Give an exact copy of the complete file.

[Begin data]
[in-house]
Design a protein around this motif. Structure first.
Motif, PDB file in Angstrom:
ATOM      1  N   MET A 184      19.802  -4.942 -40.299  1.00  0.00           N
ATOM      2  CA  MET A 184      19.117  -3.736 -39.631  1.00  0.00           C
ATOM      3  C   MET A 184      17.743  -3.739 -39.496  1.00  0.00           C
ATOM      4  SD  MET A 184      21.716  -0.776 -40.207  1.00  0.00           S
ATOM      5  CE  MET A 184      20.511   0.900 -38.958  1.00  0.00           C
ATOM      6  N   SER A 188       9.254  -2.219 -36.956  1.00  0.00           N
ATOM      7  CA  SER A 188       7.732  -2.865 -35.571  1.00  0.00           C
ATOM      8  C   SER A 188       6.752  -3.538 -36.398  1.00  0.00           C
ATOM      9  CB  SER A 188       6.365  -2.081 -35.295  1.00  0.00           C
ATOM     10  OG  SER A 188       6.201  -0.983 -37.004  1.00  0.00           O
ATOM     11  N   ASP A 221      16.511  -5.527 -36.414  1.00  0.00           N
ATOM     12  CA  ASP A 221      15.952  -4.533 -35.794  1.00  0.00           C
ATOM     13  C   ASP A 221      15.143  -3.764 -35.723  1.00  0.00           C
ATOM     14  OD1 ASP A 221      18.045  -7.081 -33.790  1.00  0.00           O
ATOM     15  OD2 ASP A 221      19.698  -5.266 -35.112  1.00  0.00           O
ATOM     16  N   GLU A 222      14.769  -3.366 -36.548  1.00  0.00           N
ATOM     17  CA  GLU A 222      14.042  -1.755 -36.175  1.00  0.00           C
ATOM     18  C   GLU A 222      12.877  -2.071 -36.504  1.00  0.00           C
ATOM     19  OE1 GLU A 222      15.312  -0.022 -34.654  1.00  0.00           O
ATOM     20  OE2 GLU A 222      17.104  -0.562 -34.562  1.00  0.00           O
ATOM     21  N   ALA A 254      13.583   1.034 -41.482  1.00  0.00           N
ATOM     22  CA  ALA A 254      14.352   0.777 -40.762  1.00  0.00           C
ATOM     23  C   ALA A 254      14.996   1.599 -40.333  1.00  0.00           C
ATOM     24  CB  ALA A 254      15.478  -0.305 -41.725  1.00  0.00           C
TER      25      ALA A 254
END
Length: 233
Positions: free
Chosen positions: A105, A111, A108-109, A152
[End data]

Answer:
[in-house]
Design a protein around this motif. Structure first.
Motif, PDB file in Angstrom:
ATOM      1  N   MET A 184      19.802  -4.942 -40.299  1.00  0.00           N
ATOM      2  CA  MET A 184      19.117  -3.736 -39.631  1.00  0.00           C
ATOM      3  C   MET A 184      17.743  -3.739 -39.496  1.00  0.00           C
ATOM      4  SD  MET A 184      21.716  -0.776 -40.207  1.00  0.00           S
ATOM      5  CE  MET A 184      20.511   0.900 -38.958  1.00  0.00           C
ATOM      6  N   SER A 188       9.254  -2.219 -36.956  1.00  0.00           N
ATOM      7  CA  SER A 188       7.732  -2.865 -35.571  1.00  0.00           C
ATOM      8  C   SER A 188       6.752  -3.538 -36.398  1.00  0.00           C
ATOM      9  CB  SER A 188       6.365  -2.081 -35.295  1.00  0.00           C
ATOM     10  OG  SER A 188       6.201  -0.983 -37.004  1.00  0.00           O
ATOM     11  N   ASP A 221      16.511  -5.527 -36.414  1.00  0.00           N
ATOM     12  CA  ASP A 221      15.952  -4.533 -35.794  1.00  0.00           C
ATOM     13  C   ASP A 221      15.143  -3.764 -35.723  1.00  0.00           C
ATOM     14  OD1 ASP A 221      18.045  -7.081 -33.790  1.00  0.00           O
ATOM     15  OD2 ASP A 221      19.698  -5.266 -35.112  1.00  0.00           O
ATOM     16  N   GLU A 222      14.769  -3.366 -36.548  1.00  0.00           N
ATOM     17  CA  GLU A 222      14.042  -1.755 -36.175  1.00  0.00           C
ATOM     18  C   GLU A 222      12.877  -2.071 -36.504  1.00  0.00           C
ATOM     19  OE1 GLU A 222      15.312  -0.022 -34.654  1.00  0.00           O
ATOM     20  OE2 GLU A 222      17.104  -0.562 -34.562  1.00  0.00           O
ATOM     21  N   ALA A 254      13.583   1.034 -41.482  1.00  0.00           N
ATOM     22  CA  ALA A 254      14.352   0.777 -40.762  1.00  0.00           C
ATOM     23  C   ALA A 254      14.996   1.599 -40.333  1.00  0.00           C
ATOM     24  CB  ALA A 254      15.478  -0.305 -41.725  1.00  0.00           C
TER      25      ALA A 254
END
Length: 233
Positions: free
Chosen positions: A105, A111, A108-109, A152